What part don’t you understand? “Don’t expose people to asbestos!”

Beware residents and workers in San Antonio, TX: Some companies in your town are chronic and willful violators of rules to protect people from asbestos.

One Eighty Construction, Roscoe Properties, and Varco Renovations come to my attention just in time for Global Asbestos Awareness Week (April 1-7). They recently received citations from OSHA for failing to comply with measures designed to protect workers and communities from asbestos. Some of the violations they received are classified as willful and others are designated as repeat violations.

During Global Awareness Asbestos Week, I think there's a special place for shaming companies that disregard people's lives by exposing them to asbestos. It's a deadly carcinogen and there is no safe level of exposure to it. Read stories like this one to learn the pain and suffering of asbestos-related diseases. It will reinforce why every measure should be taken to prevent them and why complying with OSHA's asbestos standard is critically important.

Roscoe Properties doesn't seem to understand its responsibility to protect the workers, residents and neighbors around their property. The property development and management firm has now been cited twice by OSHA for willfully failing to notify subcontractors of the "presence, quantity and location of asbestos containing floor tile and mastic" at two apartment complexes in San Antonio, TX: One Eleven Park Avenue and The Beverly (here, here). Subcontractors were doing renovation work at these housing complexes in October 2015 and May 2015, respectively.

OSHA reports that the general contractor for the project is One Eighty Construction. This firm's owner, Jason Berkowitz, also owns Roscoe Properties. One Eighty Construction also received OSHA violations for the renovation work at these two projects. Two of the violations were classified as willful. One involved the removal of flooring material at The Beverly apartments which contained 30% chrysotile asbestos. OSHA notes that

  • the workers had not been trained to safely remove the asbestos flooring;
  • there was no competent person overseeing the hazardous work; and
  • there was no monitoring of the job site to assess how much asbestos was being emitted into the air during the renovation project.

I'm always perplexed when I read citations like these. OSHA's asbestos regulations for the construction industry have been on the books since the late 1980's. No employer can seriously claim they don't know their responsibilities.

OSHA has also issued citations to FBZ Broadway property managers for asbestos violations at The Beverly apartment complex (here, here.) A willful violations involved failure to determine the presence of asbestos. It is the same type of violation FBZ Broadway receive just a few months earlier. OSHA had received a complaint from someone who was concerned about safety hazards at the renovation project.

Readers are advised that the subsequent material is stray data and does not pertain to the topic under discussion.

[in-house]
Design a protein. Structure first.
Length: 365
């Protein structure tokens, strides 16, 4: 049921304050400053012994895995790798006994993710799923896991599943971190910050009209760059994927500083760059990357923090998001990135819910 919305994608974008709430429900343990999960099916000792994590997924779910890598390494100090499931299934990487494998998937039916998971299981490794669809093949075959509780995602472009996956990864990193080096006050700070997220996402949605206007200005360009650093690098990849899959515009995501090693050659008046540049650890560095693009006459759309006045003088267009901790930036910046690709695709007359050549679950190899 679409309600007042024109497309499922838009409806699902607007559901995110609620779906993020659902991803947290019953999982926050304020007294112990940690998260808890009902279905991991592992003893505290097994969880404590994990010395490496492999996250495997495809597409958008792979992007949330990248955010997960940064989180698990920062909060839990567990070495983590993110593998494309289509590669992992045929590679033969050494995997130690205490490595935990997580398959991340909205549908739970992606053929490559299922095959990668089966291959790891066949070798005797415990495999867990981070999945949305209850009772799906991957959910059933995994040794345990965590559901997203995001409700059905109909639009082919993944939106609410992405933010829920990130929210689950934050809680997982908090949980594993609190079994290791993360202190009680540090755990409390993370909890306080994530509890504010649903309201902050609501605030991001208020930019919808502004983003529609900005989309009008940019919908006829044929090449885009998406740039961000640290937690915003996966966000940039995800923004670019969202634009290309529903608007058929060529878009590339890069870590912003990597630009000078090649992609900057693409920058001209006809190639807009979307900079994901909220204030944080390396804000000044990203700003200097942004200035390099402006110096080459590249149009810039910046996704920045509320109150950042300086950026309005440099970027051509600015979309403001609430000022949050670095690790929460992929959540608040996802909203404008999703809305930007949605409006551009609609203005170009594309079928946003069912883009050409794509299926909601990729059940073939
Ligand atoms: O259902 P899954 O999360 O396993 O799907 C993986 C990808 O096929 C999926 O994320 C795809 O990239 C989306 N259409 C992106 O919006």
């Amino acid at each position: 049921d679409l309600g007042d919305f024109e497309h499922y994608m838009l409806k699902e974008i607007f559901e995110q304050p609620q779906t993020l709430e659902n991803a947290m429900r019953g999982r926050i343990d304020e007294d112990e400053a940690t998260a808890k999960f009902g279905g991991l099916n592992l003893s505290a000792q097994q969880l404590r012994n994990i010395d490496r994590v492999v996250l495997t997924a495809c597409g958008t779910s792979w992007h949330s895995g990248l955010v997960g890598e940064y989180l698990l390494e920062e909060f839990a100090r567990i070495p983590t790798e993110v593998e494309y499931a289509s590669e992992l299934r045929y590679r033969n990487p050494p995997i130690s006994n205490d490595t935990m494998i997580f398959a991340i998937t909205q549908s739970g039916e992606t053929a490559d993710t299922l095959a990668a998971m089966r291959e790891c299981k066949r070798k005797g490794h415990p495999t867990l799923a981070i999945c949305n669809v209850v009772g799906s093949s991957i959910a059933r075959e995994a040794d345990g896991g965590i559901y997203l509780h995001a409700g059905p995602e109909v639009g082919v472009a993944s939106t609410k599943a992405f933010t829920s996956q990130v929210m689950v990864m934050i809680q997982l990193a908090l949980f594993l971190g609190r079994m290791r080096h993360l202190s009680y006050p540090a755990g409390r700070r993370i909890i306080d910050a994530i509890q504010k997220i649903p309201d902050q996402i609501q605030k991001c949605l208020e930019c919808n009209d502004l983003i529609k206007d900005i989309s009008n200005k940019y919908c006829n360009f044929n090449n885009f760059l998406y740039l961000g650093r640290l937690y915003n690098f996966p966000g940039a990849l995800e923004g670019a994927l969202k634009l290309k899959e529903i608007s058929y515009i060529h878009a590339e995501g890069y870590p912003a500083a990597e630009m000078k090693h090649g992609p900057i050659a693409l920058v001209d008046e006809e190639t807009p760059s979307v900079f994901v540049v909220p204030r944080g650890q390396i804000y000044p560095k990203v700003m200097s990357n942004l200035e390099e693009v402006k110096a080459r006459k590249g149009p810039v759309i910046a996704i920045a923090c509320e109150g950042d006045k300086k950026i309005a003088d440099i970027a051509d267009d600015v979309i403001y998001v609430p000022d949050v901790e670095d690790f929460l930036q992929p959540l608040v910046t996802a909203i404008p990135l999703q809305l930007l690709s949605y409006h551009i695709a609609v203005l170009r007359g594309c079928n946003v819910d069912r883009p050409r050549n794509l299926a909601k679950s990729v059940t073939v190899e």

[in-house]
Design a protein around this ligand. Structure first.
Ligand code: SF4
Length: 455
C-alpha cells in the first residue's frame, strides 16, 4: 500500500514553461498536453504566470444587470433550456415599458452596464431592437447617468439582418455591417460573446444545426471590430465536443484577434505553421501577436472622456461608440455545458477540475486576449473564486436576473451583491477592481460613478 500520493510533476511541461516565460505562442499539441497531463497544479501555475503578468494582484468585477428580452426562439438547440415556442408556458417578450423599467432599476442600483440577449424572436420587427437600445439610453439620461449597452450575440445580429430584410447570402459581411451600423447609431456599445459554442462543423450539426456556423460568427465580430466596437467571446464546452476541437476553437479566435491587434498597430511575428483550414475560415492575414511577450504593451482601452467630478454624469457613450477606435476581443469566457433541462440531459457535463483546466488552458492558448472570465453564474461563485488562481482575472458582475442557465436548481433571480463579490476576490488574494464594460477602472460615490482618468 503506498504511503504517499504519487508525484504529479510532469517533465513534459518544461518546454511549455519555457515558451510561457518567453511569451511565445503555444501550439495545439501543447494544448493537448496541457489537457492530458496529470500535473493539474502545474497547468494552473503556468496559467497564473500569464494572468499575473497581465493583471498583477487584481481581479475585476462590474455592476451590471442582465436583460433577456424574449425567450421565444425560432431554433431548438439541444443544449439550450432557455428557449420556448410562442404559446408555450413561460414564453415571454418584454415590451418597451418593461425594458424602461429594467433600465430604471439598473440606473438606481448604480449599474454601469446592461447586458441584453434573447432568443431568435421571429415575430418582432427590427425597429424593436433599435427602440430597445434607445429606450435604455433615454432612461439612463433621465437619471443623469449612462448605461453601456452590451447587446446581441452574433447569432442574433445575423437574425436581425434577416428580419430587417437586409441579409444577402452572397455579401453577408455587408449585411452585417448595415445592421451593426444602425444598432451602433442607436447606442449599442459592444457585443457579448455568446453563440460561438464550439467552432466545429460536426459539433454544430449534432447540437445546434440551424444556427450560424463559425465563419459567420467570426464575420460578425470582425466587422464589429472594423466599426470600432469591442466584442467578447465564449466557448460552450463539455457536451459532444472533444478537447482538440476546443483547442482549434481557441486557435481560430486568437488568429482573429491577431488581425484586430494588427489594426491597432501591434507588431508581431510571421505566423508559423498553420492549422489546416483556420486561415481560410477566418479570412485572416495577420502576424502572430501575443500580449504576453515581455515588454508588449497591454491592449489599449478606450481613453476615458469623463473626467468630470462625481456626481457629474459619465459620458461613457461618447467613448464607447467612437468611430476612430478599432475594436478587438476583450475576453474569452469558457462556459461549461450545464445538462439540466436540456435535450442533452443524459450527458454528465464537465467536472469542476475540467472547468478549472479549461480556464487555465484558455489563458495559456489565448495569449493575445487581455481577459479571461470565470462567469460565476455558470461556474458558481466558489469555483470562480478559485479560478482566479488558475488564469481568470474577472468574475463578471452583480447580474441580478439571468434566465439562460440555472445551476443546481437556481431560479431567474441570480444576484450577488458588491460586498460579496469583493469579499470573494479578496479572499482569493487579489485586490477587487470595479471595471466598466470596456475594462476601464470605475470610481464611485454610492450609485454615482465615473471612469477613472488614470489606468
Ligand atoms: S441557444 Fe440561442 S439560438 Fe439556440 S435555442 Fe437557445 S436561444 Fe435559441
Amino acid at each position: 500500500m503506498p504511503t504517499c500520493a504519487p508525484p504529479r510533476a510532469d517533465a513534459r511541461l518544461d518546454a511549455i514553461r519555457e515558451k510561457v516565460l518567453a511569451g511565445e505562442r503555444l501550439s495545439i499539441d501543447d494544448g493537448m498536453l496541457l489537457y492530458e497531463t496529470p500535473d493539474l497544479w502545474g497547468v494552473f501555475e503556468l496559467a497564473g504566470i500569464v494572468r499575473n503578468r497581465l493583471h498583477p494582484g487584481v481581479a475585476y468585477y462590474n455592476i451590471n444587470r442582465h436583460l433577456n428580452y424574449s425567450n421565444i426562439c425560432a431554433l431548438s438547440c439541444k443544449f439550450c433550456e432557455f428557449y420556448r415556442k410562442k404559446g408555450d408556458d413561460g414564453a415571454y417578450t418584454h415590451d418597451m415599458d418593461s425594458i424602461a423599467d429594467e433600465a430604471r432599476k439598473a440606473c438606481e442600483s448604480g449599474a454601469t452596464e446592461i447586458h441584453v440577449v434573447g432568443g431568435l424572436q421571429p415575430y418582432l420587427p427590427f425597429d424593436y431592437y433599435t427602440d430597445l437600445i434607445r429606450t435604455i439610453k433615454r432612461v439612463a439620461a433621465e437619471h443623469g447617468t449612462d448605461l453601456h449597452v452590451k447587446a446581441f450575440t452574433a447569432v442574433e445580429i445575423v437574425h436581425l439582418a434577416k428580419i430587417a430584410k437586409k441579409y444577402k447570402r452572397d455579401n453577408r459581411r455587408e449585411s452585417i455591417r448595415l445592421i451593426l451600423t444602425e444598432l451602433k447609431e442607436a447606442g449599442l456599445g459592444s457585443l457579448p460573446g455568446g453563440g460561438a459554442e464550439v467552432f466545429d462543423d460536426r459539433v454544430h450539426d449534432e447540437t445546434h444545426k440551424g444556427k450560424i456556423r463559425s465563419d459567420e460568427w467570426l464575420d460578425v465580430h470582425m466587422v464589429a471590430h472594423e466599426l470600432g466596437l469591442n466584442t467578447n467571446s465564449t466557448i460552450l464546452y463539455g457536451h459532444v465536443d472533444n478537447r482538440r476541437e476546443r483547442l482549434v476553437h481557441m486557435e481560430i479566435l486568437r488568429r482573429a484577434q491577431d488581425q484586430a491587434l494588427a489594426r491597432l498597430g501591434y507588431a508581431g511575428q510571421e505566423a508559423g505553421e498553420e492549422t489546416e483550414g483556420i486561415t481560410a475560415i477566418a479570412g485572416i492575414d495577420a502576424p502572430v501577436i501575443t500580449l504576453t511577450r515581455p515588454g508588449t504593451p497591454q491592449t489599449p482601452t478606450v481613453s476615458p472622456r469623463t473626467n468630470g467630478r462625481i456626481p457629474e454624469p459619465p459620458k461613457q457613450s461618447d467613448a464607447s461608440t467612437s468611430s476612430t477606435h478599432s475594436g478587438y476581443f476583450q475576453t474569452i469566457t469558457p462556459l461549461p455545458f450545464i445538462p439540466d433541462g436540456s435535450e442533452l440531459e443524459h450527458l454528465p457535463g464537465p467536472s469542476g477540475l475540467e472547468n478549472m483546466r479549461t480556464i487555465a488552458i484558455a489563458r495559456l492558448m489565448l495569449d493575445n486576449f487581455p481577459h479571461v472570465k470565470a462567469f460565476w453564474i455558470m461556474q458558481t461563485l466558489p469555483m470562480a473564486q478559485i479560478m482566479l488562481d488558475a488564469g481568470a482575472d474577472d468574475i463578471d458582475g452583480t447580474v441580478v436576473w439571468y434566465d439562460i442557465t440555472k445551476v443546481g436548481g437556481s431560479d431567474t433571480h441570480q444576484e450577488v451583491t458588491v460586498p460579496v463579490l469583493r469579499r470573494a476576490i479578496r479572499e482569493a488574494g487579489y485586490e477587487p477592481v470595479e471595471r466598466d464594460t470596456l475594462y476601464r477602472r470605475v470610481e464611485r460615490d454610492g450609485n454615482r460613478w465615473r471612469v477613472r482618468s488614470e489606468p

And there's more: A flooring subcontractor at the One Eleven Park Avenue complex, Colors Unlimited, did not use wet methods to control dust from being generated while they removed asbestos-containing tiles. Their citations are here. Varco Renovations received citations for repeat violations of OSHA's asbestos standard (here). They were busted for the same infractions in the past (here, here) at The Beverly apartments. At the One Eleven Park Avenue site, OSHA also observed that Varco was putting the community especially at risk of exposure to asbestos. On the north side of the apartments, which is a multi-family housing complex:

"Varco did not collect asbestos waste, scrap, debris, bags, containers, equipment, and contaminated clothing consigned for disposal in sealed, labeled, impermeable bags or other closed, labeled, impermeable containers. Varco disposed of asbestos containing floor tile in an open-top roll-off dumpster."

Holy smokes. It's bad enough that these firms are potentially exposing workers and the residents in these buildings to asbestos fibers, but throwing the hazardous materials into a dumpster so it can spread around the community? Unbelievable. [I have a call into OSHA asking if they referred this information to EPA. Asbestos emissions from demolition and renovation projects are covered under NESHAP.]

What is it about the dangers of asbestos that developers, property managers, and renovators don't understand? It's a deadly hazard and it must be handled with the utmost caution.

Next year I'm going to mark Global Asbestos Awareness Week in a bigger and better way. I'm going to publish here on The Pump Handle a list of all the firms that have violated over the last five years, OSHA's asbestos standards. Anyone want to join me and provide the list of violators of EPA asbestos rules? You have a year to put it together.



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